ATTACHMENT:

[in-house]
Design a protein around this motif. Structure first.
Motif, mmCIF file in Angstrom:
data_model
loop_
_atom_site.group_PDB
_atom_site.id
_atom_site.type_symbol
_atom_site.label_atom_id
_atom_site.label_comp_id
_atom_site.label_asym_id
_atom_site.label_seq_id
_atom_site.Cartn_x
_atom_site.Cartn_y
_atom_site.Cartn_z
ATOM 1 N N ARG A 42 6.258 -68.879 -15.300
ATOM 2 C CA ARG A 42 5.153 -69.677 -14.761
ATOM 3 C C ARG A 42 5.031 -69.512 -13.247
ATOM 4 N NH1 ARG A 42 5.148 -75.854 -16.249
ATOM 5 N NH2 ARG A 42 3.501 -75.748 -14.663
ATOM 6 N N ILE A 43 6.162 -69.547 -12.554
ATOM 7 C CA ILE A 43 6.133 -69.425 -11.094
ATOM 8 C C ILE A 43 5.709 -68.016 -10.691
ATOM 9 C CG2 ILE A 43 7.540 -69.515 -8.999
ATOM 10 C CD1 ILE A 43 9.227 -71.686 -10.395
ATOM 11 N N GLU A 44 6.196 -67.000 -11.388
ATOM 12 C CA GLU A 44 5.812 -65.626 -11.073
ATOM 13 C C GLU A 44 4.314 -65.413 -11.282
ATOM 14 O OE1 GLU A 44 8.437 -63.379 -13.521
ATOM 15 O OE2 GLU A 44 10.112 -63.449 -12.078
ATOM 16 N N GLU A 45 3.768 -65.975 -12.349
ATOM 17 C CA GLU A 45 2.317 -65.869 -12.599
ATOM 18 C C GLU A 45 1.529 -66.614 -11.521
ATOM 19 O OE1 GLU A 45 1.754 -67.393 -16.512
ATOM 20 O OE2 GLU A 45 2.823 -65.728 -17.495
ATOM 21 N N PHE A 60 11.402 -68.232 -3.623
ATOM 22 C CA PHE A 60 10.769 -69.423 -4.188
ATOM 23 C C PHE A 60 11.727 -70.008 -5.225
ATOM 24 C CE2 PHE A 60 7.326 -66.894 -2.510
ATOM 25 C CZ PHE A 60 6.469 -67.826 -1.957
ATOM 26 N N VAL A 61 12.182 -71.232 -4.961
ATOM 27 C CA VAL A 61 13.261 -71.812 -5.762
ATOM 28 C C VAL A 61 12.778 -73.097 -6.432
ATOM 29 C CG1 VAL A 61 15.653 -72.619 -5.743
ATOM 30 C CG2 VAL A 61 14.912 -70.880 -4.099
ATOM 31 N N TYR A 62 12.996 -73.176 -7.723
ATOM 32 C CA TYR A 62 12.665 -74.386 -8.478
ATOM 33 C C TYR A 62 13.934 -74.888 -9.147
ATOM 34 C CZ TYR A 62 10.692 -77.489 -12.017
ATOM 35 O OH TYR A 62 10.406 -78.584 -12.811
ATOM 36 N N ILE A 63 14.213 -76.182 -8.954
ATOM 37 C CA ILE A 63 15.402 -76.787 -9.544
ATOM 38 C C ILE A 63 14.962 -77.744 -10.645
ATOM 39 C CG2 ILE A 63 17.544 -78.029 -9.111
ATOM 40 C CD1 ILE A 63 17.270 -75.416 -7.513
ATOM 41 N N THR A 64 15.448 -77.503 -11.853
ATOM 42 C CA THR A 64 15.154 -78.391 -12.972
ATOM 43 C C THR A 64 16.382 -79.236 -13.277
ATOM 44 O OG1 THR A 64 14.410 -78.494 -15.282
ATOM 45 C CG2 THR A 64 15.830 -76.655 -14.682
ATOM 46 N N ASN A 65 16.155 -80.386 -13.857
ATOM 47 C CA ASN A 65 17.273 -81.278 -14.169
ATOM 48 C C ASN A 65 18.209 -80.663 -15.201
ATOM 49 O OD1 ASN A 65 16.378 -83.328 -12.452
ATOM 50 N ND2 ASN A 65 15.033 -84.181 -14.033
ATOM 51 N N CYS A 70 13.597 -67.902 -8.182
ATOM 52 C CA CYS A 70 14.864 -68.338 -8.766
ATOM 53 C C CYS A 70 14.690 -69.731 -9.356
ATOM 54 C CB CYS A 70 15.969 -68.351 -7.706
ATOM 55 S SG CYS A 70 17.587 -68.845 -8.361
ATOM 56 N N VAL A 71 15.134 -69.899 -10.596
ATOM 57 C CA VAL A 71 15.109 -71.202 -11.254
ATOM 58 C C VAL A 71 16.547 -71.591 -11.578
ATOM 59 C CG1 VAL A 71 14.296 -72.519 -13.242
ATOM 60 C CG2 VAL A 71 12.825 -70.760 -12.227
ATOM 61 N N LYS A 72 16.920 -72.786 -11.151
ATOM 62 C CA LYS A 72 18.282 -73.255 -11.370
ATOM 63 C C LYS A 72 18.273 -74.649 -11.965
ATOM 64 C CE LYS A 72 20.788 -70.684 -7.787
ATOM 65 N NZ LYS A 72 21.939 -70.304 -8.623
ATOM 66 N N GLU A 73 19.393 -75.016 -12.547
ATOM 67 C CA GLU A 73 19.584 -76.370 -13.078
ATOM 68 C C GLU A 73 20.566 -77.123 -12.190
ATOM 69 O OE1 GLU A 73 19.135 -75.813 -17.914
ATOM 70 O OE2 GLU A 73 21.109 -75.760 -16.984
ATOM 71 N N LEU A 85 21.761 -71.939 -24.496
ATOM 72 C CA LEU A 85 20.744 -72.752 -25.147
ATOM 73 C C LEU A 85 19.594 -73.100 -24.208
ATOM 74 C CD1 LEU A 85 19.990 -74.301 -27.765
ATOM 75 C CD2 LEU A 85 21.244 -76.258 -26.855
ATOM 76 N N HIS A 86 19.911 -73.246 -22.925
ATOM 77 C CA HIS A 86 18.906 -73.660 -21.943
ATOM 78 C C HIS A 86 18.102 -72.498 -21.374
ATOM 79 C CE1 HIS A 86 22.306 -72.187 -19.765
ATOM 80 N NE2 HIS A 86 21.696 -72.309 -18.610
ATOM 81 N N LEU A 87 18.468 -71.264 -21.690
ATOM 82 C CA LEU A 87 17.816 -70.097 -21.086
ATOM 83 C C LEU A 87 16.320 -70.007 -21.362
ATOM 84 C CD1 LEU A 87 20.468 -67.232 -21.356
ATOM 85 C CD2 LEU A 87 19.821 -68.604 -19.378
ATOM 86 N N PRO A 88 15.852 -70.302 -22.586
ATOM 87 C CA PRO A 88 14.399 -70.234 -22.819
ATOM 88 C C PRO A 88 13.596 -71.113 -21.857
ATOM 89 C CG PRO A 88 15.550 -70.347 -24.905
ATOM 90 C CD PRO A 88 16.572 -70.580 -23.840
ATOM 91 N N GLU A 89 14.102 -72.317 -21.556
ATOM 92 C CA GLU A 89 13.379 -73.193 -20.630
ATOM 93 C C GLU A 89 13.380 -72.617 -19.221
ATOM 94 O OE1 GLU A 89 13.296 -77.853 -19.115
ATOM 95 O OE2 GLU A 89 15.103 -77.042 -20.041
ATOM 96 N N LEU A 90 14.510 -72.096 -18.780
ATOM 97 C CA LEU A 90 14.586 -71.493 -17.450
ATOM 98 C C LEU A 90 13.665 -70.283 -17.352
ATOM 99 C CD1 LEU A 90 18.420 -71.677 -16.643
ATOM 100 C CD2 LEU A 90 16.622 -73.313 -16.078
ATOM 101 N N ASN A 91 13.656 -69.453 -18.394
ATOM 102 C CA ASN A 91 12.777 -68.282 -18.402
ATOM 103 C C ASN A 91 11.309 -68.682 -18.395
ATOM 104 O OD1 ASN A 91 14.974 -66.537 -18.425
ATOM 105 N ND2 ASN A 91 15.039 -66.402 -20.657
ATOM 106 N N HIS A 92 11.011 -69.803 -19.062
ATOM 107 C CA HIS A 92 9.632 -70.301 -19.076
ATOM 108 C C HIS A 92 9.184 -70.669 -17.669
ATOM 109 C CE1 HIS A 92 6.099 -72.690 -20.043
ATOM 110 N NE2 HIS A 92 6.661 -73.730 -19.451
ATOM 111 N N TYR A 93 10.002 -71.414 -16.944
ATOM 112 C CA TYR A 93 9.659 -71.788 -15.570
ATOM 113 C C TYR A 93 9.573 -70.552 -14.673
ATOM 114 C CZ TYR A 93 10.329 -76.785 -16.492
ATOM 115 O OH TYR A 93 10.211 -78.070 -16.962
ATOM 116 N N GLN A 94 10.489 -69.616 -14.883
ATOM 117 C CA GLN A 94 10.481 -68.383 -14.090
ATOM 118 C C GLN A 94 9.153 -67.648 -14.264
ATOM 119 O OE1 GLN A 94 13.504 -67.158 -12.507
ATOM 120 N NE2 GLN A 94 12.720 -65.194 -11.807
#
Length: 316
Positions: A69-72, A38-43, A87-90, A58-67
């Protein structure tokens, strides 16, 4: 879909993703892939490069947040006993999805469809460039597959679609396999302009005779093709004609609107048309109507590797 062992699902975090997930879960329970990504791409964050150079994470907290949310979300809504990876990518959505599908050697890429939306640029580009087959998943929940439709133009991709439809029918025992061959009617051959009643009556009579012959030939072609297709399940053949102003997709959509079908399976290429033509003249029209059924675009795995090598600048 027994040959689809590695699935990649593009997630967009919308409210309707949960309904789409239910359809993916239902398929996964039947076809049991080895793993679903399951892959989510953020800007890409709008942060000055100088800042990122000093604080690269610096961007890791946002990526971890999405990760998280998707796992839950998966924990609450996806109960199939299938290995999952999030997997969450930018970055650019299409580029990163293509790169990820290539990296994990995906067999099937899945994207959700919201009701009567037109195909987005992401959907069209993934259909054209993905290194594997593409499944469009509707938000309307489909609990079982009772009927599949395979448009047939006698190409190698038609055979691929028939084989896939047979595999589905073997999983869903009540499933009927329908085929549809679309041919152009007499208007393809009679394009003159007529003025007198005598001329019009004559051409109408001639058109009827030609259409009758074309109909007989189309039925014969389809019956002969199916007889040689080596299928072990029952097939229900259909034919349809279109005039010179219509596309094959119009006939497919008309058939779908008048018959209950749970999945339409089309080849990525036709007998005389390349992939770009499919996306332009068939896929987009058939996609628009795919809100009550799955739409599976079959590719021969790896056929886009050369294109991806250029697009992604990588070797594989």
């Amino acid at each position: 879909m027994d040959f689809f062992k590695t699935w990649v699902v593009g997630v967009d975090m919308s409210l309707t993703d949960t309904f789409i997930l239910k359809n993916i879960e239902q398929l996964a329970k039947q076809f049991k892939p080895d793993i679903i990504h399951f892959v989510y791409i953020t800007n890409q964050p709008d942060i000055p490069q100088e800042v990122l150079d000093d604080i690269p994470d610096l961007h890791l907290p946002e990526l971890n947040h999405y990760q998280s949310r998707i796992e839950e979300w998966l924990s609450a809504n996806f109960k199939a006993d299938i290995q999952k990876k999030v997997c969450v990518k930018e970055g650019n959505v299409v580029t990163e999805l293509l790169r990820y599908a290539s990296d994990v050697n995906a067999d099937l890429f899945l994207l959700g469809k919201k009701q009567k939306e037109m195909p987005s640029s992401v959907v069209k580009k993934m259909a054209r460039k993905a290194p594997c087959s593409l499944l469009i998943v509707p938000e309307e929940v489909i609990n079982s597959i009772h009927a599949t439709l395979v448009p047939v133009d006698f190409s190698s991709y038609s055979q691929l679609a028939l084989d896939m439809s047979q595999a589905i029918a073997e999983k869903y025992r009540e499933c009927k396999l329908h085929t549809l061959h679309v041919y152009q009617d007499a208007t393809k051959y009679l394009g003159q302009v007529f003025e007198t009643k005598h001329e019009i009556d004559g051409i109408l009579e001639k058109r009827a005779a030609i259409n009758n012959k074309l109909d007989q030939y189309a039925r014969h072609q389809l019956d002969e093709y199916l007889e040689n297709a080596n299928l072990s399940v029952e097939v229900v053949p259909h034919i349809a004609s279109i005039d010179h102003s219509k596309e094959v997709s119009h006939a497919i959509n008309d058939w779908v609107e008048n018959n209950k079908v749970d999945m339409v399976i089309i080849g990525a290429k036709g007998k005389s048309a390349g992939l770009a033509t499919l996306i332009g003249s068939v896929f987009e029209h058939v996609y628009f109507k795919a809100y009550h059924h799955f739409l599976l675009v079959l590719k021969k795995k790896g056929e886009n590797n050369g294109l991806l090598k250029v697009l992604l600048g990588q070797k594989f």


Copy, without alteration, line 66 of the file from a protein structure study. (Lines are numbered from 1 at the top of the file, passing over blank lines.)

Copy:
ATOM 51 N N CYS A 70 13.597 -67.902 -8.182